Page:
School Snow Delays for Cold Weather
Today my son’s school has a three hour delay. You read that right: a three hour delay. It is 10° F outside, with a windchill factor of 0° F. Sure there’s no snow on the roads, but it’s frigid.
There are so many people complaining on Facebook. Why do schools need delays? It’s not that cold! We used to go to school in the icy winter air! This is such a disruption to my schedule! Why even bother sending them to school? It didn’t even snow!!
I’m in the minority, but I am totally okay with school snow delays for cold weather. Here’s why:
- Potential for frostbite at bus stops and on the way to school. While many kids are dropped off by parents, including my own son, there are also many kids who need to wait at bus stops or walk to school. Sure, they can bundle up to protect their skin, and many of them do, but what about the kids who don’t have or can’t afford an actual, warm winter coat and not just a hoodie? What about the kids don’t have gloves or hats that will keep their skin protected? Thin, dollar store gloves and hats that only cover the tops of the heads don’t count. I’ve used those thin gloves outside when shoveling snow, but the air just seeps right through them. Frostbite can happen in 30 minutes in frigid temperatures, and little kids lose heat a lot faster than adults.
- Icy roads, icy sidewalks. Untreated or poorly treated road surfaces can have ice and even black ice in frigid temperatures. A bus full of kids traveling on those roads can hit a patch of ice and crash. Icy sidewalks can cause a student to fall and injure themselves.
These are two things school districts consider when there are frigid temperatures in the forecast. They are thinking about the health and safety of your students.
But do you want to know another big concern of theirs?
Lawsuits from injuries sustained from accidents, falls, health issues stemming from letting the kids go to school on schedule.
Sad, isn’t it? Let’s say Little Johnny gets on his bus and the bus kits a patch of ice and causes a major accident. Who is Johnny’s parents going to blame? The school district.
Let’s say Little Sally slips and falls on a patch of ice on her way to school and breaks her arm. Who’s to blame? The school district.
Who foots the bill when a school district is sued? We taxpayers do. I realize not everyone is going to jump on the lawsuit bandwagon, but the threat is there, and I for one do not want to pay more in school taxes, thank you very much.
Why didn’t school districts delay as often when we were kids? Less lawsuits. Think about it.
But let’s get back to the kids. In our area, there are many kids living in poverty. Again, back when we were kids it wasn’t as bad, but it has gotten worse. There are many kids who come from homes where parents don’t act as parents should. Consider that these kids don’t always have the resources necessary to properly dress for the cold, frigid air. They don’t always have a nice warm car to drive them to school or a bus stop near their house.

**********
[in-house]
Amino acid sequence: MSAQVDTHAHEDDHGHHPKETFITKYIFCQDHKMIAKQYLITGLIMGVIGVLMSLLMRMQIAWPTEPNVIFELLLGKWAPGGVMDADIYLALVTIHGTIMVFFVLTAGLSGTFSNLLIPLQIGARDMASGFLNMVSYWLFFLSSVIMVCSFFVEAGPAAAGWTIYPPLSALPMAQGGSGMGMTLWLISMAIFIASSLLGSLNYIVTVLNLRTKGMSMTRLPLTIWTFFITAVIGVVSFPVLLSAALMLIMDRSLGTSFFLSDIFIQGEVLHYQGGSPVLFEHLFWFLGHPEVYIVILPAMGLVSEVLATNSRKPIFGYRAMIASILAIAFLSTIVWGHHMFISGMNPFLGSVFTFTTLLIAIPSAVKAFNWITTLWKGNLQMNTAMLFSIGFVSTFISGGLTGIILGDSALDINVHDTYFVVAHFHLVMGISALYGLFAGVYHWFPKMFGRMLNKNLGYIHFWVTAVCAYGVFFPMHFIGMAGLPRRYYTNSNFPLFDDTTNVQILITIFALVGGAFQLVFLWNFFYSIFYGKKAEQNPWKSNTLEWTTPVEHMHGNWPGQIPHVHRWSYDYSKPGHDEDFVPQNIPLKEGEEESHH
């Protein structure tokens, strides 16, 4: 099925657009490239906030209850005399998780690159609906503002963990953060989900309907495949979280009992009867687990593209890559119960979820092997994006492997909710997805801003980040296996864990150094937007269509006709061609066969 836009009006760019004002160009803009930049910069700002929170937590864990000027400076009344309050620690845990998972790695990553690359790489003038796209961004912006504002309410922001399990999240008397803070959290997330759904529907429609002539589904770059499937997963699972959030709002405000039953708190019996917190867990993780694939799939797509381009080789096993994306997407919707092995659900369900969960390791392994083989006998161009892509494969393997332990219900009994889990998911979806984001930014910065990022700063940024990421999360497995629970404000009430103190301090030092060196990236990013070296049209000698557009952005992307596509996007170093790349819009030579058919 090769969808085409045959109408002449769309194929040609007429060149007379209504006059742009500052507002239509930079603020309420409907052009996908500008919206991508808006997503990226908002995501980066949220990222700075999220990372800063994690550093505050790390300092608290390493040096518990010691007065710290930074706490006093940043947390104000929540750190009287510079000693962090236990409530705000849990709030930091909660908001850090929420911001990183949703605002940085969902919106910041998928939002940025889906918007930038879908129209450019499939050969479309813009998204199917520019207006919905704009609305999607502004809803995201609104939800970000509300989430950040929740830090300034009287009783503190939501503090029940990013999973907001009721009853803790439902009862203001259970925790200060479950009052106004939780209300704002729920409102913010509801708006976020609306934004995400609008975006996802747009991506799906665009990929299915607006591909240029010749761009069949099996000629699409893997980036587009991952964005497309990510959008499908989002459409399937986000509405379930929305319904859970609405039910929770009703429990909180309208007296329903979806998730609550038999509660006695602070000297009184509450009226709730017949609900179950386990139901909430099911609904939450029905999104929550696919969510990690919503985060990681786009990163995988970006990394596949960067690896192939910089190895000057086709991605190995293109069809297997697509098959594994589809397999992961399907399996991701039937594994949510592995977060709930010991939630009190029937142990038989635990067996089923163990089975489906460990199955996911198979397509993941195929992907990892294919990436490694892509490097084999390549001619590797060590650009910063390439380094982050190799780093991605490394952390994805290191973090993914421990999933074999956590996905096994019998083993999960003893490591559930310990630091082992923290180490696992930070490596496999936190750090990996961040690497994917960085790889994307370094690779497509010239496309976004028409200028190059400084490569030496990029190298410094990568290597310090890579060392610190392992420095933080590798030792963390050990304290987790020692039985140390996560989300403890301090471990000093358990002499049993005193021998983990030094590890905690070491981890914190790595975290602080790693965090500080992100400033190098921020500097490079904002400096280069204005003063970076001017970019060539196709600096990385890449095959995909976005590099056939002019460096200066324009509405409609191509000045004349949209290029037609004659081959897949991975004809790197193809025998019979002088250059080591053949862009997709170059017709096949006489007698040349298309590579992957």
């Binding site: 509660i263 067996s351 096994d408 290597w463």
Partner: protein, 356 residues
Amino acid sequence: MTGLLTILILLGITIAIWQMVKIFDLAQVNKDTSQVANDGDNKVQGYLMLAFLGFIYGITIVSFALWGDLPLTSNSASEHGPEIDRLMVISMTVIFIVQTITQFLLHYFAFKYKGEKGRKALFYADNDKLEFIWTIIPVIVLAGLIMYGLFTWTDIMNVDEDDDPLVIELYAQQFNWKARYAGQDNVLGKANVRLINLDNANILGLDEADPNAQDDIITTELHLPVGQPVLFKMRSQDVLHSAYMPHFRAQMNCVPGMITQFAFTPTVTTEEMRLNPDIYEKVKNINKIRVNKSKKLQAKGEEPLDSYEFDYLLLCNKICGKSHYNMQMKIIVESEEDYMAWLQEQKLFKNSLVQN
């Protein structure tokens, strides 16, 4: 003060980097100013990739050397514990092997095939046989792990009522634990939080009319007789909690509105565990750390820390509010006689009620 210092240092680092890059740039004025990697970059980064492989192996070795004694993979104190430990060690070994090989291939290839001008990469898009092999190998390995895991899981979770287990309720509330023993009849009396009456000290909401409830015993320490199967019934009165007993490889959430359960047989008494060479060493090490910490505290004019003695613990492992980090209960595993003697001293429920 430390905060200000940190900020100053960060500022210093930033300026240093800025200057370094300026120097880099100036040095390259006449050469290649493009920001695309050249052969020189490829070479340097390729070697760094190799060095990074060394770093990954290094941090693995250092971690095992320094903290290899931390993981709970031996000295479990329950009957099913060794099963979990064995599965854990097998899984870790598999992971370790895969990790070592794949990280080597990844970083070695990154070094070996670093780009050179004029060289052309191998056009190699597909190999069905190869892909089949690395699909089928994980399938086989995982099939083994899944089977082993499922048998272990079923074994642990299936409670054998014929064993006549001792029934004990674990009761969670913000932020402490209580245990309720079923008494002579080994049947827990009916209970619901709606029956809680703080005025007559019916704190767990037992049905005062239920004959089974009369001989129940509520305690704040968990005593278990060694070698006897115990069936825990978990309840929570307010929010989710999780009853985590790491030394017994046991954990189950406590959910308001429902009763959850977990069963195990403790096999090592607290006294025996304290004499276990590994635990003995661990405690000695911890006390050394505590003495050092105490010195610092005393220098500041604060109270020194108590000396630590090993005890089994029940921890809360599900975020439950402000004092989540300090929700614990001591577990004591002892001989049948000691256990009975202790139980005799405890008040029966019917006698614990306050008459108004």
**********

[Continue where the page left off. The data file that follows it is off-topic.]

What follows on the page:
If they were your kids, wouldn’t you want a delay for them so that the air has a chance to warm up from the sun a bit? Wouldn’t you want to give the ice a chance to melt?
I totally understand how it can disrupt your schedule. I get that you get frustrated, thinking that your kids will only be there for a few hours, so what’s the point in sending them?
I was a teacher. I can tell you that the kids need to be in school. They shouldn’t miss extra days because you don’t think it’s necessary to go. Unless they are A++ students who are ahead of the game and fly through school without needing any assistance whatsoever, they need to be in school for the lessons and activities. Otherwise, they will be a day behind and will have to make up the missed work some other day. That can add more work to their already heavy workload, especially if your kids are in middle school or high school.
Do you want to do that to them? Please send them to school, even on days with delays.
Let’s just all be okay with delays. Give the air a chance to warm up for the kids. Give the ice more of a chance to melt. Give the buses a chance to warm up. Give the morning rush hour a chance to clear so the buses can take their time and not rush, avoiding getting into an accident. Give the kids the chance to be in school, to learn what’s necessary to continue on learning tomorrow.
It’s all for the safety and well being of the kids, and I’m totally okay with that.